Source ‘Friends and Neighbours’

All the houses were whitewashed and had half doors with lots of music and singing.

We are now in the heart of old Carlow; Bridewell Lane was formerly known as Somers Lane.

Leaving Bridewell Lane we pass by the Sessions House – used to be the Crown and Record Courts and we slipped onto the Strand!

The Sessions House
Windows on The Strand…..what is the current name of this street?

From the Strand we strolled down Coal Market , where once coal was sold …. and much more besides; Swans Electrical started out down here..

The Moneen was an area between the old Town and the Castle, prone to flooding at the time of the building of the Castle. In more recent time and, for many years, locals visited John Flynn for a cure for warts on this laneway which brought us towards Skinners Lane and Wellington Quay..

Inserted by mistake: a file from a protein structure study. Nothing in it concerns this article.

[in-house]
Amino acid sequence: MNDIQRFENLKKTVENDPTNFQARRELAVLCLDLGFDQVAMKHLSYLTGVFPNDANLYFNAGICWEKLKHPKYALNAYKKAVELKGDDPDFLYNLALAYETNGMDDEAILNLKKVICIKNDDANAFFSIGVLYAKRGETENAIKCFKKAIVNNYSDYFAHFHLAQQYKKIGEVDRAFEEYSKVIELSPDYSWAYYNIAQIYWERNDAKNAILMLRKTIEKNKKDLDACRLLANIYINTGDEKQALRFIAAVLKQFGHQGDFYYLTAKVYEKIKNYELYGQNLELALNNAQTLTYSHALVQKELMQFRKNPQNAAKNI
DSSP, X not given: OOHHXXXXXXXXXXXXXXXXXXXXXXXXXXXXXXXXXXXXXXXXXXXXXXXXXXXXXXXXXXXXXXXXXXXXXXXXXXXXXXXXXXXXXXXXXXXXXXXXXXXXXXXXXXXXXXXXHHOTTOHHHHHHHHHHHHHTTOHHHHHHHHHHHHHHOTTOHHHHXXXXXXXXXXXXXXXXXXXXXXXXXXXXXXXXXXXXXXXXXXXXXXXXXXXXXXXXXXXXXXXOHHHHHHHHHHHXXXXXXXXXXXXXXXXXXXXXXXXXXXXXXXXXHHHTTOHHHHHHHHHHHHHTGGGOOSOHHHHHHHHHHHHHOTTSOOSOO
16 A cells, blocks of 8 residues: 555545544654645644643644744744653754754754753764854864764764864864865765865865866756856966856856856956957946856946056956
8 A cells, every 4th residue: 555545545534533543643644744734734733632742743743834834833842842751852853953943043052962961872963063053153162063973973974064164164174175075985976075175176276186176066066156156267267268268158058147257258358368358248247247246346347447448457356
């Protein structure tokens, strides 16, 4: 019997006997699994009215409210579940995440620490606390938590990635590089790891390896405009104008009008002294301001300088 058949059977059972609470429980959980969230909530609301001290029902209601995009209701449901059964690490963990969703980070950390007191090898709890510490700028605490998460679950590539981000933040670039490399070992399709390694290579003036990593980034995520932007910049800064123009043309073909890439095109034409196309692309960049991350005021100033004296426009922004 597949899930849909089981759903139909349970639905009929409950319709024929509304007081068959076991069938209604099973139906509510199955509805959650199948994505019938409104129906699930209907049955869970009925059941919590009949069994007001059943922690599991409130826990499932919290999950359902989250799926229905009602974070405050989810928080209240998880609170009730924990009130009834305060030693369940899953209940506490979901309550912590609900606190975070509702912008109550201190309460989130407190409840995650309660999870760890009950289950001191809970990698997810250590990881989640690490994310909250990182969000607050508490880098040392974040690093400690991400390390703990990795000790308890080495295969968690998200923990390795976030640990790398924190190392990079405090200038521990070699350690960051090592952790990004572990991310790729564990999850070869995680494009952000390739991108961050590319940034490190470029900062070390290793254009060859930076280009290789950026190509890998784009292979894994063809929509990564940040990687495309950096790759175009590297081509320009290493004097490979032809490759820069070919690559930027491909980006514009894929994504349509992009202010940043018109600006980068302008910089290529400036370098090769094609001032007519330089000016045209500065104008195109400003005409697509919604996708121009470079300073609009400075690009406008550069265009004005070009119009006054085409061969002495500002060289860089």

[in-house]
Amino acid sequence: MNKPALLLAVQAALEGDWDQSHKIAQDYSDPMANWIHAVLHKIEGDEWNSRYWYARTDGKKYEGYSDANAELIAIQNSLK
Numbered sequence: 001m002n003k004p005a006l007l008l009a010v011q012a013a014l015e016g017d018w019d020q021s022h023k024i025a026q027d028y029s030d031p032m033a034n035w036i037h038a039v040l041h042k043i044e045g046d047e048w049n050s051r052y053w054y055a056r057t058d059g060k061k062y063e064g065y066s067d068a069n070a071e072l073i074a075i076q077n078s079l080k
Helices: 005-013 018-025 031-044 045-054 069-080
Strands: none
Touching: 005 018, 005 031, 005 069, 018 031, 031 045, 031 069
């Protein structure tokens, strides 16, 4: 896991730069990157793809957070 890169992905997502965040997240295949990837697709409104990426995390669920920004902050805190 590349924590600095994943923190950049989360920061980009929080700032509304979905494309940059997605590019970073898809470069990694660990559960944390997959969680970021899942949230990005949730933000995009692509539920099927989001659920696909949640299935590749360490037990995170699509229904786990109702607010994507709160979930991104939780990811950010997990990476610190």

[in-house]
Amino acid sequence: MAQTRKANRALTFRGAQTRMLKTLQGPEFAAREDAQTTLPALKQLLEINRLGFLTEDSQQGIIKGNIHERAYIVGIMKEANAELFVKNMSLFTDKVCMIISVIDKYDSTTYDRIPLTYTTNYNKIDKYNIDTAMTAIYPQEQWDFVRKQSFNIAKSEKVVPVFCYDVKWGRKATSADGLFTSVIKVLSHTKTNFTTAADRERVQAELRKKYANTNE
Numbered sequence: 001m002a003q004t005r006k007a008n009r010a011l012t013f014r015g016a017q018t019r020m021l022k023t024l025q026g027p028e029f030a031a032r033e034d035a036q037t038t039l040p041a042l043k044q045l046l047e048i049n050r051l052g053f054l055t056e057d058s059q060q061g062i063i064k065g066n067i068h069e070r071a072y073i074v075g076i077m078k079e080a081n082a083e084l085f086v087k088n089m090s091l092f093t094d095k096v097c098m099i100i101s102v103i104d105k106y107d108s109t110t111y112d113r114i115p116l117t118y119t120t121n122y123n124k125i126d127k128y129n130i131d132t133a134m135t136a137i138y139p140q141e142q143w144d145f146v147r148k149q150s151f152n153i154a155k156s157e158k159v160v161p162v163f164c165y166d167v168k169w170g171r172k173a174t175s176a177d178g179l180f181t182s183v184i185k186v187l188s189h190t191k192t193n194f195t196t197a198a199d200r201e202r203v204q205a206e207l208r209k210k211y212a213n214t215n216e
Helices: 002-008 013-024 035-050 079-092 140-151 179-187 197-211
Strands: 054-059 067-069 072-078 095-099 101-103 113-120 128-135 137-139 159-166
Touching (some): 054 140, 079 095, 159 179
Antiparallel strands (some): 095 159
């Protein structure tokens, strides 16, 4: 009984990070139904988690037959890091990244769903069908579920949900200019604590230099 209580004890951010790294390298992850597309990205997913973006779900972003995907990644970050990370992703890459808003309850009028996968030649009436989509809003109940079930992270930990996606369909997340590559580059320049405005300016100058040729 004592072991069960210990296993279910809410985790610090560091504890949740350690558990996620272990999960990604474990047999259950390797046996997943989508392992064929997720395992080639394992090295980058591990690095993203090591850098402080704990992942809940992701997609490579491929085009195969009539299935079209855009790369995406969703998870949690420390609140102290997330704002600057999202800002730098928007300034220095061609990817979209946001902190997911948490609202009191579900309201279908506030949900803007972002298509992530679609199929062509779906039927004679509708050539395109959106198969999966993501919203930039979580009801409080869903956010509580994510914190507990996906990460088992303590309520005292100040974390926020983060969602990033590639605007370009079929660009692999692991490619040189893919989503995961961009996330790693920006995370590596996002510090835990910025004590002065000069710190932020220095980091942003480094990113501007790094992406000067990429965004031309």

Wellington Quay
Entrance to Skinners Lane?

Leaving the east bank of the Barrow we crossed over Wellington Bridge

and continued onto Batchelors Walk…

It was a short hop onto Barrow Street and Morrins Lane

When Cromwell came to Ireland he ordered the Irish to ‘hell or to Connaught’… I wonder did he mean Connaught Lane?

Is the entrance to the Town Park Connaught Lane?

Back on the east side of the Barrow we made our way up North Cotts Lane towards Dublin Street…

We retraced our steps back to South Cotts Lane and Fairy Lane / Templecroney Lane…Templecroney commemorates Naomh Croneybeg..

Surely the most unusual name of any street in Carlow must have been ‘Labour-In-Vain Lane’, which took its name from a sign on a tavern representing a person trying to wash a blackman white….I kid you not! From there we made our way back onto Dublin Street where we sought to find The Bear Inn which was located at no 64 Dublin Street. The Red Cow Inn which was located across the road at no 2 Dublin Street…

Further up the street we sought out the Blackamoor Inn, 58 Dublin Street and the Crown and Sceptre, 59 Dublin Street – taverns from the 1700s….